Share Button

Remember the dining halls? You can still get a burger and fries, but pretty much everything else has changed. 

By Molly Petrilla | Photography by Greg Benson

Download a PDF of this article

It’s the first day back from winter break, and this place is as crowded as its lunch menu (vegetarian chili and a well-stocked Mediterranean bar and fresh-made deli sandwiches and veggie quesadillas and on and on). A woman in white is making roasted-turkey Caesar salads upon request. Stationed behind a sizable countertop, she mixes and tosses, handing the results off to hungry students. Behind her, crates of fresh peppers, tomatoes, cucumbers, and squash are lined up neatly, ready to be diced or chopped, then plopped into another fresh meal.

Think you’ve stumbled into West Philadelphia’s trendiest new eatery? Not exactly. You’re in 1920 Dining Commons and, like the rest of Penn’s dining halls, it’s cooking up fresh, local, sustainable and seasonal meals—and they’re pretty tasty, too.

Going Green, Buying Local
About five years ago, a group of determined students visited Laurie Cousart’s office. “They literally knocked on my door and said, ‘We want local food,’” the director of Penn Dining recalls. “I’d never really thought about it in that way, and I said, ‘You’re right. Tell me what to do.’”

She began working with Penn’s then-dining services provider Aramark to bring in food from local sources, and this past fall Penn Dining teamed up with Bon Appétit—a food-services management company that now oversees all campus dining and retail facilities. 

“We were looking for a partner who understood what it meant to bring in fresh, bold tastes to our students, and who was committed to local programs and our Climate Action Plan,” says Marie D. Witt C’81, vice president of the business-services division. They found it in Bon Appétit, a company that bills itself as Food services for a sustainable future and focuses on “fresh, from-scratch cooking and serving food in a socially responsible manner,” says Paul Bulau, the company’s district manager.

Since arriving at Penn, Bon Appétit has forged relationships with local farmers and dairies, including Pennsylvania-based Hendricks Farm in Telford and Beechwood Orchards in Biglerville, as well as Kilby Creamery in Maryland. About 20 percent of the dining halls’ food now comes from local sources. 

Meals are also prepared without short cuts. “Nothing is processed, and nothing is coming from a can,” Bulau says. In particular, salad dressings, pasta sauces, and soups—foods many dining halls remove from cartons, bottles, or freezer packs—are all made from scratch at Penn. Bon Appétit has even created an herb garden in the greenhouse-like basement of 1920 Commons, so a chef who needs rosemary can simply run downstairs and snip a sprig. They’re planning to add tomatoes, strawberries, and other plants soon.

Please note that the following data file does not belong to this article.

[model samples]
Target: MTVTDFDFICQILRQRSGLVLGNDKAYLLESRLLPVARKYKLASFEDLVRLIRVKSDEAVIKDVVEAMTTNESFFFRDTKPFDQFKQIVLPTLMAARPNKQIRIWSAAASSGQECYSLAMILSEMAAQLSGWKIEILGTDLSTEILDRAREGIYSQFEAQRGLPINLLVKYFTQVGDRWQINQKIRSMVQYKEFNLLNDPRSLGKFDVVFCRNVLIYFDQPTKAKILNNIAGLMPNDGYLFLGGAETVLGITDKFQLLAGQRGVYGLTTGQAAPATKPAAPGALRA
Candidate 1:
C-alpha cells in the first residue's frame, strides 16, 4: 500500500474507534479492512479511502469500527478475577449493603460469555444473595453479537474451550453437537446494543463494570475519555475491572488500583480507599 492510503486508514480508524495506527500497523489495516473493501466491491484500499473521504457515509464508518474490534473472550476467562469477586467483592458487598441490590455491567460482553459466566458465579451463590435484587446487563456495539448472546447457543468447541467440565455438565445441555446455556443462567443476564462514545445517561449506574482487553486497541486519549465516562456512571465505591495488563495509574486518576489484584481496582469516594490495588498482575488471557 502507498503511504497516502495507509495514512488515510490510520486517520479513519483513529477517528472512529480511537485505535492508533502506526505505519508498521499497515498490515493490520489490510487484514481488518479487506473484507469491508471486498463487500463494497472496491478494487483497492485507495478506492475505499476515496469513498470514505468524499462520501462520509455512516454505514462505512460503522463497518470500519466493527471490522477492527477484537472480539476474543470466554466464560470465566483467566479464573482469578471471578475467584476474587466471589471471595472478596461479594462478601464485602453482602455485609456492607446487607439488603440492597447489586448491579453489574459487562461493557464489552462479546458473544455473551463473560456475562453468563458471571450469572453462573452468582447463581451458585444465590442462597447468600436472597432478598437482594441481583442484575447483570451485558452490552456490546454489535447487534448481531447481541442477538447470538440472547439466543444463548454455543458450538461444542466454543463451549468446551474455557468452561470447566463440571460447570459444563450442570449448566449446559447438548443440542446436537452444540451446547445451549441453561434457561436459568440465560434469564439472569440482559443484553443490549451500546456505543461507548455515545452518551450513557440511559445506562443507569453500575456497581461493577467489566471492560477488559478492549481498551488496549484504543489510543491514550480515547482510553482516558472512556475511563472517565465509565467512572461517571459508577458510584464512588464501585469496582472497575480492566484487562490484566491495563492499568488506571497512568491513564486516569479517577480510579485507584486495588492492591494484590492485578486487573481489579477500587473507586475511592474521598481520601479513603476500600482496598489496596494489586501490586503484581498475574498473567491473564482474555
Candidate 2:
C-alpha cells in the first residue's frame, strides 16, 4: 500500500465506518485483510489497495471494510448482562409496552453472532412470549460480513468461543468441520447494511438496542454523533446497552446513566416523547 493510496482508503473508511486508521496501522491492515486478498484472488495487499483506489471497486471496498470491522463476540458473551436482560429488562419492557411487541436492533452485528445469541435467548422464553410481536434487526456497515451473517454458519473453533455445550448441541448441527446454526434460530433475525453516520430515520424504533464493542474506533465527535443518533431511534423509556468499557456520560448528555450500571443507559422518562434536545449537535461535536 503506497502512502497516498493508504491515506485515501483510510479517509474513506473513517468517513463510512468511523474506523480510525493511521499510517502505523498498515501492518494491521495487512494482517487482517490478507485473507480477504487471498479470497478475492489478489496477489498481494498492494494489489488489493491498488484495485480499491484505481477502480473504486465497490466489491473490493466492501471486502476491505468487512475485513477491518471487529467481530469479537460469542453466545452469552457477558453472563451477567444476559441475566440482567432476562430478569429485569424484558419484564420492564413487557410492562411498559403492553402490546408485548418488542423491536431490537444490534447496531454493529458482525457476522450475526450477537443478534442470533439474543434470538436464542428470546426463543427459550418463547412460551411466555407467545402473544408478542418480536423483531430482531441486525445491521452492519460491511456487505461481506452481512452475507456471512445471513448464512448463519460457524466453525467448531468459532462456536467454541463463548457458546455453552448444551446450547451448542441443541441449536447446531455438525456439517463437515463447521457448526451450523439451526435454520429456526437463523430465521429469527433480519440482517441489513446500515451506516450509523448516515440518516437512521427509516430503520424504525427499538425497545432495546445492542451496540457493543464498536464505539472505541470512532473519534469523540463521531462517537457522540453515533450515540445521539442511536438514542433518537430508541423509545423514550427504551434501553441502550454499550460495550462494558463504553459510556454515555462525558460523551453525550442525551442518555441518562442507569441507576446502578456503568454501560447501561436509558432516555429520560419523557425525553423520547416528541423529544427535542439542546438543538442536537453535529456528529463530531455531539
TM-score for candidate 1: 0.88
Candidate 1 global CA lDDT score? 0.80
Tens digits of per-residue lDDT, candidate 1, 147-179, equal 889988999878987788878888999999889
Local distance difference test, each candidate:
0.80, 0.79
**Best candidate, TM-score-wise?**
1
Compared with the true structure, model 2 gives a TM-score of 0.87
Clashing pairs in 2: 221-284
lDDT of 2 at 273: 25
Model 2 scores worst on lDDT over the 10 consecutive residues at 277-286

Student response to the new management company and its approach has been overwhelmingly positive. Witt says voluntary meal-plan enrollment has gone up nearly five percent this year, and in December, The Daily Pennsylvanian gave Bon Appétit one of its tough-to-earn “cheers” in its biannual “Cheers and Jeers” editorial, “for bringing its mission of using locally grown and organic products to Penn Dining.”

The dining-hall fare is now “much fresher,” says Kevin Tucker, a Wharton senior who’s had a meal plan his entire time at Penn. While he says the overall difference in taste isn’t as vast as he’d imagined, he’s enjoyed trying new dishes, such as a goat cheese and tomato tart (“I was like, ‘Wow, I definitely did not see this in the dining halls a few years ago’”).

College senior Roopa Gogineni hasn’t had a meal plan since her freshman year, but still eats in the dining halls on occasion. She’s been there a handful of times this year, and says that “it seems a lot better now; there are more options, the sandwich selection is a lot better, they have multiple soups instead of just one, and the food just seems fresher. It’s nice to visit and have [access to] a lot of fresh fruit and vegetables, because those can be hard to find elsewhere on campus.”

Foodie alums have also been excited to hear about Penn Dining’s change in management and priorities. “That’s exactly the kind of step that a university of Penn’s caliber should be taking,” says Lolis Eric Elie W’85, a food writer and author of Cornbread Nation 2 and Smokestack Lightning: Adventures in the Heart of Barbecue Country. “The move from these cookie-cutter conglomerates to an organization that is more concerned about the quality of food is consistent with what the Penn mission should be.”